California’s ever-escalating real estate prices continue to prove what a lot of longtime residents already know: It’s an alluring place to live. But it isn’t without its problems.
Homelessness is the top issue facing California today, according to an exclusive Spectrum News/Ipsos poll of almost 2,100 state residents taken during the last week of August. Rounding out the top five are climate change/natural disasters (36%), affordable housing (36%), COVID-19 (33%) and taxes (17%). That’s a shift from October of last year when a Spectrum News/Ipsos poll found that COVID-19 topped the list at 50%.
“What we’re seeing here is a reminder that COVID no longer really exists in a vacuum in a way that it did last fall,” said Ipsos Vice President of Public Affairs, Mallory Newall. “Californians have a clear top tier of issues they’re focused on, all of which have been in the news as concerns facing the state in recent months.”
The survey comes at a time when wildfires are ravaging the state at an unprecedented pace and as climate change exacerbates a drought that threatens the state water supply.
It was taken in the lead up to the Sept. 14 gubernatorial recall election, which has drawn attention to the state’s 7% increase in homelessness between 2019 and 2020, according to the U.S. Department of Housing and Urban Development. That increase tracks with radically increasing real estate costs that are worsening housing affordability. In July, the median price of a home sold in the state was $811,170, according to the California Association of Realtors. A year earlier, the median price was $666,320.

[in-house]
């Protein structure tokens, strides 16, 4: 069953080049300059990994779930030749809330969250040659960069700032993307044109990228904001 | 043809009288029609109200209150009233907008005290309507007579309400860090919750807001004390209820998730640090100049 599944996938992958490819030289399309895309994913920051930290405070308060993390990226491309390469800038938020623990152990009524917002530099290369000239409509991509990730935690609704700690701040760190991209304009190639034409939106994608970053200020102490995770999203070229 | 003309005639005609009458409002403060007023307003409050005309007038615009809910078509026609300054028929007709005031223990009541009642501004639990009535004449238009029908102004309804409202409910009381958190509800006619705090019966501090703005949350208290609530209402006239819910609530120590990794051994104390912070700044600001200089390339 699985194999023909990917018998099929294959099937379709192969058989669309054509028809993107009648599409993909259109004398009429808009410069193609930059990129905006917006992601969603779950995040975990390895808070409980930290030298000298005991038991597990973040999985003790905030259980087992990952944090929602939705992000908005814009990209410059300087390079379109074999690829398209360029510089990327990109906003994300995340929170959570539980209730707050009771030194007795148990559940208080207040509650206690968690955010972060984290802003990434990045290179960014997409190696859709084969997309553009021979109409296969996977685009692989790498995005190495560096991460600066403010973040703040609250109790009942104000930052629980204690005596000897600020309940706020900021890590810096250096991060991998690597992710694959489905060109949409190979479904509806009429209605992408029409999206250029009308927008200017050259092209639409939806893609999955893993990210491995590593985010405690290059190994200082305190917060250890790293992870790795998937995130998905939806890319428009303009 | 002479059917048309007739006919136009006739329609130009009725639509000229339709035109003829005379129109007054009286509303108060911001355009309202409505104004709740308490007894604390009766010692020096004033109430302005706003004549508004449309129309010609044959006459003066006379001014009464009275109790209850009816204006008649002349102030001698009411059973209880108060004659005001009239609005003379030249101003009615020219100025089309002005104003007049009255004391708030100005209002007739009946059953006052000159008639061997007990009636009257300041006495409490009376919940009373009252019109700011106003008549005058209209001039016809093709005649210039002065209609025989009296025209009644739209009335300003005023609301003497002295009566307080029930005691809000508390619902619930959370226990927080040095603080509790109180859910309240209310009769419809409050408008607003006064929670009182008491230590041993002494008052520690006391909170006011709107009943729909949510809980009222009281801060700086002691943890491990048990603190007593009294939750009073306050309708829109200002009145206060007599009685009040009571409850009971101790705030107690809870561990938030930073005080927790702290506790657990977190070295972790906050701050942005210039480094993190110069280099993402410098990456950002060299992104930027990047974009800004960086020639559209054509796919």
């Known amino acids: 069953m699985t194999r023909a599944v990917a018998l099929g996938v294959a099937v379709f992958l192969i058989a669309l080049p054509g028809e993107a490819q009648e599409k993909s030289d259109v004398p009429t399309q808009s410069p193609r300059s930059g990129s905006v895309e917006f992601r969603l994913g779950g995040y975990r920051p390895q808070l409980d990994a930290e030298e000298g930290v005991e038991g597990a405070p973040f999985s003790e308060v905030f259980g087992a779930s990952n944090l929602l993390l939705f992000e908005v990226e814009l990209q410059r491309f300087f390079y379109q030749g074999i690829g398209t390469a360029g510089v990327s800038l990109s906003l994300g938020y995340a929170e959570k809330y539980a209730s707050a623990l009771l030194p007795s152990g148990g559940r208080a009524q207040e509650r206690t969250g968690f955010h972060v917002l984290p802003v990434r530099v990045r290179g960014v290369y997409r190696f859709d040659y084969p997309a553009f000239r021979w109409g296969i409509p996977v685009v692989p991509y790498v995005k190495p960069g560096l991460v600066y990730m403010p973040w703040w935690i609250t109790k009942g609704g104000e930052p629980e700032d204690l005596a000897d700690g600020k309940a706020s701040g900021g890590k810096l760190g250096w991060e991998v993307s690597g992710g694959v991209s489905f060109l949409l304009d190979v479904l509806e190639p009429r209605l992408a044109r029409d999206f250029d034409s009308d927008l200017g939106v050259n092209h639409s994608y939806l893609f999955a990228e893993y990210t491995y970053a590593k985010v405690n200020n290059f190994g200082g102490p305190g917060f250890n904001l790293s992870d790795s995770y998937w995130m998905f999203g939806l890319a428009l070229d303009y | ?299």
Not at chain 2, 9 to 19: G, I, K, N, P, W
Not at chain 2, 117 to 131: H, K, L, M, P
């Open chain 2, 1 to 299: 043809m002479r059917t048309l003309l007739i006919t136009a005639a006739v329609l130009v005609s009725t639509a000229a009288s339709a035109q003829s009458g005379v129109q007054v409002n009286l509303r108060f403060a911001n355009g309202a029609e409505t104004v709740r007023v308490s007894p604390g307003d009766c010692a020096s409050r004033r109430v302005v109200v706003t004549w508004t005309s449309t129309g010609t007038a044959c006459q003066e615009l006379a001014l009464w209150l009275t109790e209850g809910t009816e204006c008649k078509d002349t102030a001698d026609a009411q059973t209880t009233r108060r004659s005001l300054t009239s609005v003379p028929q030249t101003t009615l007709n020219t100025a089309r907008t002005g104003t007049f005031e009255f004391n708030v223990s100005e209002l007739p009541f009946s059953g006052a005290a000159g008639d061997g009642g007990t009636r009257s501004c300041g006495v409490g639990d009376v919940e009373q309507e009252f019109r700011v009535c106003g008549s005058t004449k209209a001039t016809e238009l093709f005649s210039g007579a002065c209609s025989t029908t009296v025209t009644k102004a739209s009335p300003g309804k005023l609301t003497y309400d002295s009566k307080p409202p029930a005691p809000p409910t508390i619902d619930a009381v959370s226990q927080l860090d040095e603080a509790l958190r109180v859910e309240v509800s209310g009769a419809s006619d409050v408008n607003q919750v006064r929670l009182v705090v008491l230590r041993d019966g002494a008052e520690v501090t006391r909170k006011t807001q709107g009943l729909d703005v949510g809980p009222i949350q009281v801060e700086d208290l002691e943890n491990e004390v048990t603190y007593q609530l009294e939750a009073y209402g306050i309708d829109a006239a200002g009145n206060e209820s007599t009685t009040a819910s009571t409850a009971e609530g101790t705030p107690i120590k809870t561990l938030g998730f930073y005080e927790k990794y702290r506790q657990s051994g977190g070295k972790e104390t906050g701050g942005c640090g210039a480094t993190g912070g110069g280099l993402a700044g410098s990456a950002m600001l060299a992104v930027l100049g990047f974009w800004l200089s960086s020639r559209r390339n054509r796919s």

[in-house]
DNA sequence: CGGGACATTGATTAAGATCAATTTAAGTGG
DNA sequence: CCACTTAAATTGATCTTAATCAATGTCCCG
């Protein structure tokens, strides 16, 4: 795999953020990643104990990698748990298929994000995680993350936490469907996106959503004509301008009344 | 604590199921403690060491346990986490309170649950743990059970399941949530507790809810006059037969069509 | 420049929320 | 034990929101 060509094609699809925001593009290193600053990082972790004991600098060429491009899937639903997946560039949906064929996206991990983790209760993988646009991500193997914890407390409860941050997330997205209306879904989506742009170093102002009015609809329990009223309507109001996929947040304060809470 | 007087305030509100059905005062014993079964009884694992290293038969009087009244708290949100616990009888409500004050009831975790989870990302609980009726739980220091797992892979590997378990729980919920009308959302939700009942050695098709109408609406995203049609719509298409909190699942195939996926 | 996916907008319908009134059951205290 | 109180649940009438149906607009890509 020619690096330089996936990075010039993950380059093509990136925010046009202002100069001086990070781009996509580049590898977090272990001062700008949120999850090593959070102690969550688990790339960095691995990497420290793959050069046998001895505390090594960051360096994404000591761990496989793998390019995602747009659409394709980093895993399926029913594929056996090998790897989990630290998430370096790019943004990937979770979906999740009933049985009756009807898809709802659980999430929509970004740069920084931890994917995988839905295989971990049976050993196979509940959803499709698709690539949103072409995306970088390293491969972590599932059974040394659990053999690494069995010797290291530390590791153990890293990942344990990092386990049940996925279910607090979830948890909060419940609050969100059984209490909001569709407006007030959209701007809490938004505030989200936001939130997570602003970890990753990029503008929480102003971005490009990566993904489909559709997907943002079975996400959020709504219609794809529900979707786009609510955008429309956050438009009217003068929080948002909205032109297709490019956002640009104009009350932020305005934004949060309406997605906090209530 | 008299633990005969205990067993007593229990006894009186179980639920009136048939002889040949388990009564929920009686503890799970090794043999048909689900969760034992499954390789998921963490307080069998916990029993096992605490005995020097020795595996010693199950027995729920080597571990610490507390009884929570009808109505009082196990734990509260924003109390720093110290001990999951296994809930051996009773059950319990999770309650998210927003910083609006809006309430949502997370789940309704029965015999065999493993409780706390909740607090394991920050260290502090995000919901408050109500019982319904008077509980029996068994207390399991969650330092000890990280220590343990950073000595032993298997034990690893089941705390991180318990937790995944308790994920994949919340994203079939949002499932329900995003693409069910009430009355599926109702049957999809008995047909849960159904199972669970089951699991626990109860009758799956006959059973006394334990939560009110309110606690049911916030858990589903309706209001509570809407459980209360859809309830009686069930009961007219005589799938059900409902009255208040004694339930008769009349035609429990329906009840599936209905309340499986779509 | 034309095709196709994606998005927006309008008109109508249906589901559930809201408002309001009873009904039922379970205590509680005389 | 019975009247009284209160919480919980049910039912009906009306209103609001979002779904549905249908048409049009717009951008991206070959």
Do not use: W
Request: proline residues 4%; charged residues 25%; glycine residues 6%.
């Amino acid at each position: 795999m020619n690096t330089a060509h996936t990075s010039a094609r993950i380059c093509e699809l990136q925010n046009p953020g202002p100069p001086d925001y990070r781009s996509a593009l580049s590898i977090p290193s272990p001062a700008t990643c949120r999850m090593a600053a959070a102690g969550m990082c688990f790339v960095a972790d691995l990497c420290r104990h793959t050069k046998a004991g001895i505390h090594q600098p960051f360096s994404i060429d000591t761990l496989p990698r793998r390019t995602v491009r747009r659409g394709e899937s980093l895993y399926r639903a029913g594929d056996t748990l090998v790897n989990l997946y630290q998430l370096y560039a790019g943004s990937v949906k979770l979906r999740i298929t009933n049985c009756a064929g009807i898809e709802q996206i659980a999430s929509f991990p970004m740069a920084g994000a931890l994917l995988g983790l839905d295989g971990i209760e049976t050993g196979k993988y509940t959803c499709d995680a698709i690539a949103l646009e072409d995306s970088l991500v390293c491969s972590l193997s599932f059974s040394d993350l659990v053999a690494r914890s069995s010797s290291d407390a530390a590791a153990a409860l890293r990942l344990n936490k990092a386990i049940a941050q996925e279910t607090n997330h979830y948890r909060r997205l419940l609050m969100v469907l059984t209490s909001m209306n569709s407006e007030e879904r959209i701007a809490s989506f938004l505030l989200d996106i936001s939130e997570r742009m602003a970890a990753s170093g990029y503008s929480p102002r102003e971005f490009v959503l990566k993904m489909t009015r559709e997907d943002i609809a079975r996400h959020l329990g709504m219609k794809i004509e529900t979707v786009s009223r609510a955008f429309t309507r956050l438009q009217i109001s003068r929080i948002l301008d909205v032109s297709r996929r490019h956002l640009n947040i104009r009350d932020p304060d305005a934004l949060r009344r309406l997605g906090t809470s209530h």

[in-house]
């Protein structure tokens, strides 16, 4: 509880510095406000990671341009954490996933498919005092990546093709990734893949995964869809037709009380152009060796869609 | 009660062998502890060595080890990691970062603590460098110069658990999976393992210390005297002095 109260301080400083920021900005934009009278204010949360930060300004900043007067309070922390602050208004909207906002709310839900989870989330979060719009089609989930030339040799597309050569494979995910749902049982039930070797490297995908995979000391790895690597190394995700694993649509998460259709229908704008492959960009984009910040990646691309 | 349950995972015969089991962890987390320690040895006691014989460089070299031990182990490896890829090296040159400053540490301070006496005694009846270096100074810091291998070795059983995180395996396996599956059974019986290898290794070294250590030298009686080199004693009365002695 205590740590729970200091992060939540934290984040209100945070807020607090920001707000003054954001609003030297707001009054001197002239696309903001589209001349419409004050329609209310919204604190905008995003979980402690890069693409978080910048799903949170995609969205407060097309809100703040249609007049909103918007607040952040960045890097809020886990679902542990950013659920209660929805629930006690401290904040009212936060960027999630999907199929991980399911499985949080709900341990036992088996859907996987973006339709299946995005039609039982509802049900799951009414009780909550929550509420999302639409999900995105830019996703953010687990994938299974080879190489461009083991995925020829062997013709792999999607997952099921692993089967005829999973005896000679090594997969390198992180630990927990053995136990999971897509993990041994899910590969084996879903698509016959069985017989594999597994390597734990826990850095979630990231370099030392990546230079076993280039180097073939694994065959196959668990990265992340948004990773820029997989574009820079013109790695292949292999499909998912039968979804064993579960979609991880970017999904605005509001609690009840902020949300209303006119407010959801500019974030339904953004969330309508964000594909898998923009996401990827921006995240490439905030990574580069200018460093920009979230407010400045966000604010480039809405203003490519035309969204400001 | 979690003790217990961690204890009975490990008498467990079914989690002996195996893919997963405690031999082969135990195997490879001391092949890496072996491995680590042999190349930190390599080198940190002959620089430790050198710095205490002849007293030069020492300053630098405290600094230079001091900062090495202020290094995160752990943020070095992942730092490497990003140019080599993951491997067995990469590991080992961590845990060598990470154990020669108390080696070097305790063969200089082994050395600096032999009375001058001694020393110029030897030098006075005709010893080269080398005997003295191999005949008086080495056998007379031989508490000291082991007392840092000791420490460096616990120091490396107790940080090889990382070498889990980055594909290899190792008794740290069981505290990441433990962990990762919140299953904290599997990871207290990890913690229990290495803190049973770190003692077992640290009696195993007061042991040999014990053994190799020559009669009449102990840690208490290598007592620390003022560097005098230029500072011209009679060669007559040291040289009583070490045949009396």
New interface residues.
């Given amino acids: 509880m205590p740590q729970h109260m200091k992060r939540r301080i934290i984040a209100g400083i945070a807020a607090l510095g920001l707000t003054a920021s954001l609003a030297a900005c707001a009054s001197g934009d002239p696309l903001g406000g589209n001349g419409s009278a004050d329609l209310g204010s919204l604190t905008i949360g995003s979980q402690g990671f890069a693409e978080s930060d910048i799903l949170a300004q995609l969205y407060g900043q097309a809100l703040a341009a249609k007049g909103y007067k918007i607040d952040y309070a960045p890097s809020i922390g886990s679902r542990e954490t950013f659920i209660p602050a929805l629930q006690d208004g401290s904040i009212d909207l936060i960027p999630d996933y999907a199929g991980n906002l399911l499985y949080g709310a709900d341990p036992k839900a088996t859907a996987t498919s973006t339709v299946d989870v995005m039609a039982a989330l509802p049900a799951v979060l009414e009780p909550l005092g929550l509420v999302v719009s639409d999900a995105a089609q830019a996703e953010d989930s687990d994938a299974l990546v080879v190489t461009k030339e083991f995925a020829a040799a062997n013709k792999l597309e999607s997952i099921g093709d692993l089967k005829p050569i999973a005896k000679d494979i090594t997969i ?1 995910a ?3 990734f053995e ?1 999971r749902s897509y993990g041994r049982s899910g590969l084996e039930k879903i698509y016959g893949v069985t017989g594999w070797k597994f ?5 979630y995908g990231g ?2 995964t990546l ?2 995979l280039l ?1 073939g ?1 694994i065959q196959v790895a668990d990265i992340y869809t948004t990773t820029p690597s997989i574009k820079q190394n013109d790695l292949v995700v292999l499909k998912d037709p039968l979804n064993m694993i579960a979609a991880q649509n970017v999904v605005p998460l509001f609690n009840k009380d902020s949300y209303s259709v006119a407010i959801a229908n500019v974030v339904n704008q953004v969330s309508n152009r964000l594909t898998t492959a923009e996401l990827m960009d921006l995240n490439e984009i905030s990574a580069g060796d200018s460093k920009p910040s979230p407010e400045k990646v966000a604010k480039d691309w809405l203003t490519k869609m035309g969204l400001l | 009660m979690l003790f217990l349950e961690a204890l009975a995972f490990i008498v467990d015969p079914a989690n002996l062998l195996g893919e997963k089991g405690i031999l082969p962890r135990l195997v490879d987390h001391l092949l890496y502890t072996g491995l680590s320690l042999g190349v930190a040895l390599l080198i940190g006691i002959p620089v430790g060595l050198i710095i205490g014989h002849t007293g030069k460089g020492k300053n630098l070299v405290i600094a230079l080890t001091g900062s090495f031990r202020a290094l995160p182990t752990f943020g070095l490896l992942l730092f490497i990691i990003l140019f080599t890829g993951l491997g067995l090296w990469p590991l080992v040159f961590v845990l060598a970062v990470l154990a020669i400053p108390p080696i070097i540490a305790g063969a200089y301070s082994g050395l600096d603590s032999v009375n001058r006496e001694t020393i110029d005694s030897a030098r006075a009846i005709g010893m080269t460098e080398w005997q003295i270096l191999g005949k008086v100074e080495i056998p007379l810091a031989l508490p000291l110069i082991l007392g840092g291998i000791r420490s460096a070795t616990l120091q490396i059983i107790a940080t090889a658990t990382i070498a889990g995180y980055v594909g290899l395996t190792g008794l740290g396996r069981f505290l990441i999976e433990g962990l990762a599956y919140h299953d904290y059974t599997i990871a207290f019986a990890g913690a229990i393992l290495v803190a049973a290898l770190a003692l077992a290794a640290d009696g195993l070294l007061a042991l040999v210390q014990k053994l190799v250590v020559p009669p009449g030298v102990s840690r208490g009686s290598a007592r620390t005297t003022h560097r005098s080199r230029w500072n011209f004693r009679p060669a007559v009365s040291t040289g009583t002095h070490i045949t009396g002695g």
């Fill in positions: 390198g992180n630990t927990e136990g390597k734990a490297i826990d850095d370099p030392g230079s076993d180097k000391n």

But despite California's many challenges, Gov. Newsom enjoys the exact same approval rating as he did last October: 56% of residents in the August 2021 Spectrum News/Ipsos poll approve of the way he is handling his job. Thirty-three percent disapprove, compared with 32% who disapproved in last October's Spectrum News/Ipsos poll leading up to Election Day.
Gov. Newsom’s handling of COVID-19, his plans for sending children back to school and jobs and the economy drew the highest approval ratings, and a majority of support, among survey respondents.
Newsom’s favorability is slightly higher than his overall approval rating and significantly higher than his predominantly Republican challengers. While 58% of those polled had a favorable opinion of Gov. Newsom in the lead up to next week’s recall election, front runner Larry Elder was considered favorable by 27% of respondents, followed by John Cox (19%), Kevin Faulconer (18%), Caitlyn Jenner (16%) and Kevin Kiley (12%).
The greater challenge for Newsom’s opponents, however, could be that so few of them are familiar to voters. Of Gov. Newsom’s top challengers, 72% have never heard of Kevin Paffrath, 70% have never heard of Kevin Kiley, 56% have never heard of Kevin Faulconer and 46% have never heard of John Cox. Even Republican frontrunner Larry Elder was unknown to 37% of survey respondents.
While Reality TV star Caitlyn Jenner is the most recognized candidate vying for Newsom’s job, unknown to just 17% of survey respondents, she also has the highest unfavorability rating: 66%.
“When you compare Gov. Newsom to some of the more prominent candidates on the Republican side, the governor really has an advantage when it comes to name recognition,” Newall said. “He is more well known than any other candidate. He also happens to be more well liked.”